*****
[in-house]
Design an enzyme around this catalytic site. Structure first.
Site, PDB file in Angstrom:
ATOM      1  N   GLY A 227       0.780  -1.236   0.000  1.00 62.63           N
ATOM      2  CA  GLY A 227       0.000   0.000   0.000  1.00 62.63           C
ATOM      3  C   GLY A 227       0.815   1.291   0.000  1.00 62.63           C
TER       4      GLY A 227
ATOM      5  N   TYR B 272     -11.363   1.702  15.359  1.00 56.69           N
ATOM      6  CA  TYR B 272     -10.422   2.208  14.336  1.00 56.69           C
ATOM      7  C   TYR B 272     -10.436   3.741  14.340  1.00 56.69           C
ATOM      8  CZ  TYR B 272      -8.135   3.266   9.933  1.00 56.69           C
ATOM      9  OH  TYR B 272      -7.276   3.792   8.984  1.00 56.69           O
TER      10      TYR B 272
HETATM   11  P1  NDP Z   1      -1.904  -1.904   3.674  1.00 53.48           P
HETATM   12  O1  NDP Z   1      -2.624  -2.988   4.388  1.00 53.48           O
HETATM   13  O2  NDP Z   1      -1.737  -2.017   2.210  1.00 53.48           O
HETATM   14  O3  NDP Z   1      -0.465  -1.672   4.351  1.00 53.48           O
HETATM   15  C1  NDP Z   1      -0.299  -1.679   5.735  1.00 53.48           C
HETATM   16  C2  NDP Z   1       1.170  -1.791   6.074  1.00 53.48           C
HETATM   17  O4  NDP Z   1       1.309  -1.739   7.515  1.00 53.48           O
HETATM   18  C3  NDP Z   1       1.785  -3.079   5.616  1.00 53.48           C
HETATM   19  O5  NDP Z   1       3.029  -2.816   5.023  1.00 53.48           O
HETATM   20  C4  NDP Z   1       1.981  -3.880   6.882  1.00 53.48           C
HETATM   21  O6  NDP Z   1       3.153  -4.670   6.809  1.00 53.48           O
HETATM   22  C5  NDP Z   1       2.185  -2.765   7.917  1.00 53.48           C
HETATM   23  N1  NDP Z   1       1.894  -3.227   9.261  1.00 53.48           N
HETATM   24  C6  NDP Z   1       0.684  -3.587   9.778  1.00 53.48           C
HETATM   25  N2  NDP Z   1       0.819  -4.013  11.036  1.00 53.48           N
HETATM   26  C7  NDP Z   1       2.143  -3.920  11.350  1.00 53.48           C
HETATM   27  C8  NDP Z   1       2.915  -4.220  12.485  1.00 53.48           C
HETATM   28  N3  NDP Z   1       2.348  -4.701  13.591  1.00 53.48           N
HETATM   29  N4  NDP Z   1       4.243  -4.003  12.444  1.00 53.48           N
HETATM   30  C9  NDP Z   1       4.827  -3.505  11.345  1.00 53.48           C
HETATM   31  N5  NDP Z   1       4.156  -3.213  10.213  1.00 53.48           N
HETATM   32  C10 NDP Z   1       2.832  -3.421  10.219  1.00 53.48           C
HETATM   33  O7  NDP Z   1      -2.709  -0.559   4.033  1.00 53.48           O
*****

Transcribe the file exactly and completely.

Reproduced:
[in-house]
Design an enzyme around this catalytic site. Structure first.
Site, PDB file in Angstrom:
ATOM      1  N   GLY A 227       0.780  -1.236   0.000  1.00 62.63           N
ATOM      2  CA  GLY A 227       0.000   0.000   0.000  1.00 62.63           C
ATOM      3  C   GLY A 227       0.815   1.291   0.000  1.00 62.63           C
TER       4      GLY A 227
ATOM      5  N   TYR B 272     -11.363   1.702  15.359  1.00 56.69           N
ATOM      6  CA  TYR B 272     -10.422   2.208  14.336  1.00 56.69           C
ATOM      7  C   TYR B 272     -10.436   3.741  14.340  1.00 56.69           C
ATOM      8  CZ  TYR B 272      -8.135   3.266   9.933  1.00 56.69           C
ATOM      9  OH  TYR B 272      -7.276   3.792   8.984  1.00 56.69           O
TER      10      TYR B 272
HETATM   11  P1  NDP Z   1      -1.904  -1.904   3.674  1.00 53.48           P
HETATM   12  O1  NDP Z   1      -2.624  -2.988   4.388  1.00 53.48           O
HETATM   13  O2  NDP Z   1      -1.737  -2.017   2.210  1.00 53.48           O
HETATM   14  O3  NDP Z   1      -0.465  -1.672   4.351  1.00 53.48           O
HETATM   15  C1  NDP Z   1      -0.299  -1.679   5.735  1.00 53.48           C
HETATM   16  C2  NDP Z   1       1.170  -1.791   6.074  1.00 53.48           C
HETATM   17  O4  NDP Z   1       1.309  -1.739   7.515  1.00 53.48           O
HETATM   18  C3  NDP Z   1       1.785  -3.079   5.616  1.00 53.48           C
HETATM   19  O5  NDP Z   1       3.029  -2.816   5.023  1.00 53.48           O
HETATM   20  C4  NDP Z   1       1.981  -3.880   6.882  1.00 53.48           C
HETATM   21  O6  NDP Z   1       3.153  -4.670   6.809  1.00 53.48           O
HETATM   22  C5  NDP Z   1       2.185  -2.765   7.917  1.00 53.48           C
HETATM   23  N1  NDP Z   1       1.894  -3.227   9.261  1.00 53.48           N
HETATM   24  C6  NDP Z   1       0.684  -3.587   9.778  1.00 53.48           C
HETATM   25  N2  NDP Z   1       0.819  -4.013  11.036  1.00 53.48           N
HETATM   26  C7  NDP Z   1       2.143  -3.920  11.350  1.00 53.48           C
HETATM   27  C8  NDP Z   1       2.915  -4.220  12.485  1.00 53.48           C
HETATM   28  N3  NDP Z   1       2.348  -4.701  13.591  1.00 53.48           N
HETATM   29  N4  NDP Z   1       4.243  -4.003  12.444  1.00 53.48           N
HETATM   30  C9  NDP Z   1       4.827  -3.505  11.345  1.00 53.48           C
HETATM   31  N5  NDP Z   1       4.156  -3.213  10.213  1.00 53.48           N
HETATM   32  C10 NDP Z   1       2.832  -3.421  10.219  1.00 53.48           C
HETATM   33  O7  NDP Z   1      -2.709  -0.559   4.033  1.00 53.48           O